This is perhaps the hardest part to figure out, after all, where do you get this information in the first place and what does It even mean.
Well, a peak sun hour equates to 1 hour in which the sun’s solar irradiance (sunlight) produces an average of 1000W (energy) per square meter (roughly 10.5 feet). In other words: 1 peak sun hour = 1000 W/m² of sunlight per hour.
- Knowing the amount of peak sun hours your home gets is critical in figuring out how much you will need to invest in your solar panels.
If you do not live in the United States, getting this information can prove quite difficult. Fortunately, we have begun building a database of every country/cities peak sunlight hours.
So far we have covered the following countries:
If you live in one of these countries you can use our database to figure out your area’s peak sunlight hours.
For our example, we will assume you live in California.
On average, California experiences about 5.2 peak hours of sunlight every day. Once you have your peak daily sunlight hours, multiply it by 31 days to get your monthly average.
5.2 x 31 = 161,2 peak sun hours.
Step 3 – Decide on what solar brand you will install
For this example, we install First Solar panels at 400 watts each. This brand costs $2.53 per watt.
Step 4 – Apply this formula
So our calculation will look like the following:
888kWh ÷ 161,2 = 5.5 x 1000 = 5500 watts.
5500 watts ÷ 400 watts = 13,75 (We will round this off to 14)
Therefore, you will need to install 14, 400-watt solar panels from First Solar in order to offset your electricity consumption.
$2.53 x 5500 watts = $13,915 minus 26% solar tax rebates = $10,297.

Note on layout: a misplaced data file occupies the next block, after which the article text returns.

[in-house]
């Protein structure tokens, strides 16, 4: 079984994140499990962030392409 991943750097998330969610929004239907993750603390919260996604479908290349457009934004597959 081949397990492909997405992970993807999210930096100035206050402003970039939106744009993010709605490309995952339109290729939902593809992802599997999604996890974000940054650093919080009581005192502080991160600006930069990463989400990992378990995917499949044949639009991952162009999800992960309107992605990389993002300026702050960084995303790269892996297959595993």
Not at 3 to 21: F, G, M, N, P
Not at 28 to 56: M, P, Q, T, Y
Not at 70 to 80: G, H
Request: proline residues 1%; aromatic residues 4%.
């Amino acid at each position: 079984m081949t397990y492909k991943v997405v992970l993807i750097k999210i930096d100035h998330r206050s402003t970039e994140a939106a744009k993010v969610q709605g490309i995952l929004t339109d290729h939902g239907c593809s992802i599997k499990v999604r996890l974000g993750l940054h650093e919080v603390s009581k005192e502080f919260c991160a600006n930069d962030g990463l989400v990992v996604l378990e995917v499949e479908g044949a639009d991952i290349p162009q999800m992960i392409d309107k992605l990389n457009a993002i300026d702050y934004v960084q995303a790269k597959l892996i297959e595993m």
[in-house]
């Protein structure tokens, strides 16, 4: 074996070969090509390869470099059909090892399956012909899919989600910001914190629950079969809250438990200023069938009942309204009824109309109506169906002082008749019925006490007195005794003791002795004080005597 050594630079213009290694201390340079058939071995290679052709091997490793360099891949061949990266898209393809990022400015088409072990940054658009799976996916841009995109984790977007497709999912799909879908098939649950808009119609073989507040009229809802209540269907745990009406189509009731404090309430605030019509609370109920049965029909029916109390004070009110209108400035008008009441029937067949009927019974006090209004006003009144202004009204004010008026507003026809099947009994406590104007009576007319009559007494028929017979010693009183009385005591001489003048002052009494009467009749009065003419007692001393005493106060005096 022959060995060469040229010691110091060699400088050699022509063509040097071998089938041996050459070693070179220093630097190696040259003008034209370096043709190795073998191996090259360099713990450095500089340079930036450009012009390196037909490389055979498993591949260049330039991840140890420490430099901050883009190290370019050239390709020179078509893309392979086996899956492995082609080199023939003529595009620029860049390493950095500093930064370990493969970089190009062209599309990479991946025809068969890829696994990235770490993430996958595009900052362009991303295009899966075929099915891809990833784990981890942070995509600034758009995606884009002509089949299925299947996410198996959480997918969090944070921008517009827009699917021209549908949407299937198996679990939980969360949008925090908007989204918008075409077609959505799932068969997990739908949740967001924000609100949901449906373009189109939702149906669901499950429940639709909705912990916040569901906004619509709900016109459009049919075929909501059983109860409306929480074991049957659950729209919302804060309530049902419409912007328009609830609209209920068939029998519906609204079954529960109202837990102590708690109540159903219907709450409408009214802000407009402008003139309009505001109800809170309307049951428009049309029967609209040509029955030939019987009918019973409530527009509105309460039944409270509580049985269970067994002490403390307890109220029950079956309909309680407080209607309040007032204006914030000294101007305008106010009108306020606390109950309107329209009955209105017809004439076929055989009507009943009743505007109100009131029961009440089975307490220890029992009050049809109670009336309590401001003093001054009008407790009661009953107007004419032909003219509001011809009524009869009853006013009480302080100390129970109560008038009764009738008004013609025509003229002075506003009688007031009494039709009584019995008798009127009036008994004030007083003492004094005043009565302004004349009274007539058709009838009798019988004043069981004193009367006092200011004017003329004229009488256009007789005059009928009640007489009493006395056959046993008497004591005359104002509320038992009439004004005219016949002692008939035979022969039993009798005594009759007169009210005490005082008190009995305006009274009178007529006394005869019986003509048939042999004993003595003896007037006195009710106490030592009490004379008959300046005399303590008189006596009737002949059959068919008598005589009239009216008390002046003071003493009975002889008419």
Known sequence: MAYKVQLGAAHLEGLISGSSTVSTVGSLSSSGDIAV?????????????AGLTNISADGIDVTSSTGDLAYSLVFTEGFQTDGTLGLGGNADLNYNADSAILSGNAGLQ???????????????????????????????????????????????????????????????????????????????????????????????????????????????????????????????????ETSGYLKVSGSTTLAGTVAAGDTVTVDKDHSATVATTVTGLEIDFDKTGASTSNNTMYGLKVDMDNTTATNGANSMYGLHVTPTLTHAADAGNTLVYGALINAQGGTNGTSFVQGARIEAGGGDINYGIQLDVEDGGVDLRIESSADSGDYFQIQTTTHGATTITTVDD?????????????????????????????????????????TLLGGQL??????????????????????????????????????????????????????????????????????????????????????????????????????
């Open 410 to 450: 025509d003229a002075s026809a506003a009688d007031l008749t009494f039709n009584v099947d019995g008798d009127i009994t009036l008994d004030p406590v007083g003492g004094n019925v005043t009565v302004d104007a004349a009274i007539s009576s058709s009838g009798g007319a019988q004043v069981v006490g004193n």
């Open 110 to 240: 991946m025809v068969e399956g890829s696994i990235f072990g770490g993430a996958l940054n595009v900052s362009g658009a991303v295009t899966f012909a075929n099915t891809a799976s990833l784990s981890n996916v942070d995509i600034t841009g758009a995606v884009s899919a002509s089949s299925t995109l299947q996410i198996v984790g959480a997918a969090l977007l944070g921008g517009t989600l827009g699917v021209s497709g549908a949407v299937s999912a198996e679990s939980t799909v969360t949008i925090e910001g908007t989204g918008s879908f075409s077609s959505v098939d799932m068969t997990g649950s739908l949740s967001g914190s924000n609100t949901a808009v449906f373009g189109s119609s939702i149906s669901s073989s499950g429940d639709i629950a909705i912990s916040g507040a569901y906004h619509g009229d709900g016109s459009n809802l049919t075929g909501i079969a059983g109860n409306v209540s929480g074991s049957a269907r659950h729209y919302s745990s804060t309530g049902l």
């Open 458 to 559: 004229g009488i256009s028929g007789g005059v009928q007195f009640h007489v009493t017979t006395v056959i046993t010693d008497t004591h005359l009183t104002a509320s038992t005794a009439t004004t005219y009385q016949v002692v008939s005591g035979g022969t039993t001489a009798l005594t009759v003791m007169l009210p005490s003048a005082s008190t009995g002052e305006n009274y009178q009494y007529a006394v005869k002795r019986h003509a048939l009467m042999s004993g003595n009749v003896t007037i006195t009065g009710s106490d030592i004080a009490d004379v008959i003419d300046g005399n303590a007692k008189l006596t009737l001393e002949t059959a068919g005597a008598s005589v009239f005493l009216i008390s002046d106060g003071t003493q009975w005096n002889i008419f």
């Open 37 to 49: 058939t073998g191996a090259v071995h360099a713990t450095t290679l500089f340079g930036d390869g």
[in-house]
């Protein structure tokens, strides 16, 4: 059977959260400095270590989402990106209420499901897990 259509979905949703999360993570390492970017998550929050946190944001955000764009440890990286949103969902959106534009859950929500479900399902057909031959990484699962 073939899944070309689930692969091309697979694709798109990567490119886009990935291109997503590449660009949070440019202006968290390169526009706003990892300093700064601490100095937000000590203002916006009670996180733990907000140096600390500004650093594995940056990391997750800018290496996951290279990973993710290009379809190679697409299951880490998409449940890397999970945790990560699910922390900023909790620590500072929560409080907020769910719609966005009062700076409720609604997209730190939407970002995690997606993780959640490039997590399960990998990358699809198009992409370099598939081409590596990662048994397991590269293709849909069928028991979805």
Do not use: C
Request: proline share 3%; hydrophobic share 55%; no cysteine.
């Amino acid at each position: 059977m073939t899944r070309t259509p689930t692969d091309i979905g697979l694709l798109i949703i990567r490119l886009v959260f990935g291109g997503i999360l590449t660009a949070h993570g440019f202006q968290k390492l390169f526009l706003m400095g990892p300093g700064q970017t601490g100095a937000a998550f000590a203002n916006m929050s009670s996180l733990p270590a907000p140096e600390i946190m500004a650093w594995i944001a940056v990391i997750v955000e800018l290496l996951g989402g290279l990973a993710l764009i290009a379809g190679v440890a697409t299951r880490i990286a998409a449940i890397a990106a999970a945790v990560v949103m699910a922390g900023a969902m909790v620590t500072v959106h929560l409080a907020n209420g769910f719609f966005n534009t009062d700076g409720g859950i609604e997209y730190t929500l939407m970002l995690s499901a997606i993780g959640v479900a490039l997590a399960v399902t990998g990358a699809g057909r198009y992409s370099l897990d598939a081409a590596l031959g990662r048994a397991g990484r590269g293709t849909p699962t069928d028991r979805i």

Based on our calculation, a 5.5kW (5500 watts) solar system will cost us $10,297.
Next, we need to divide our solar system cost by our monthly electricity expenditure in order to learn how long it will take our solar panels to pay for themselves.
$10,297 ÷ $115,49 = 89 months.
89 months = 7.4 years.
Therefore, it will take your 5.5kW solar system 7.4 years to pay for itself. Which leaves you with 23 years of free electricity.
That amounts to $31,875 solar savings over a course of 23 years.
How Much Can Solar Panels Reduce Your Carbon Footprint?
The below formula can be used to calculate how various green practices can be used to offset/reduce carbon emissions.
Below we will feature a table that converts solar energy production into greenhouse gas offsets using the metric converters 7.44 × 10-4 metric tons CO2 / kilowatt-hour of energy produced and the national average for solar panel production ratio, 1.42 kilowatt-hours/watt of power.
|System Size (kW)||Annual Solar Energy Production (kWh)||Carbon Emission Reductions Per Year (Metric Tons)||Miles Driven By Average Passenger Vehicle||Number of Smartphones Charged||Tree Seedlings Grown For 10 Years|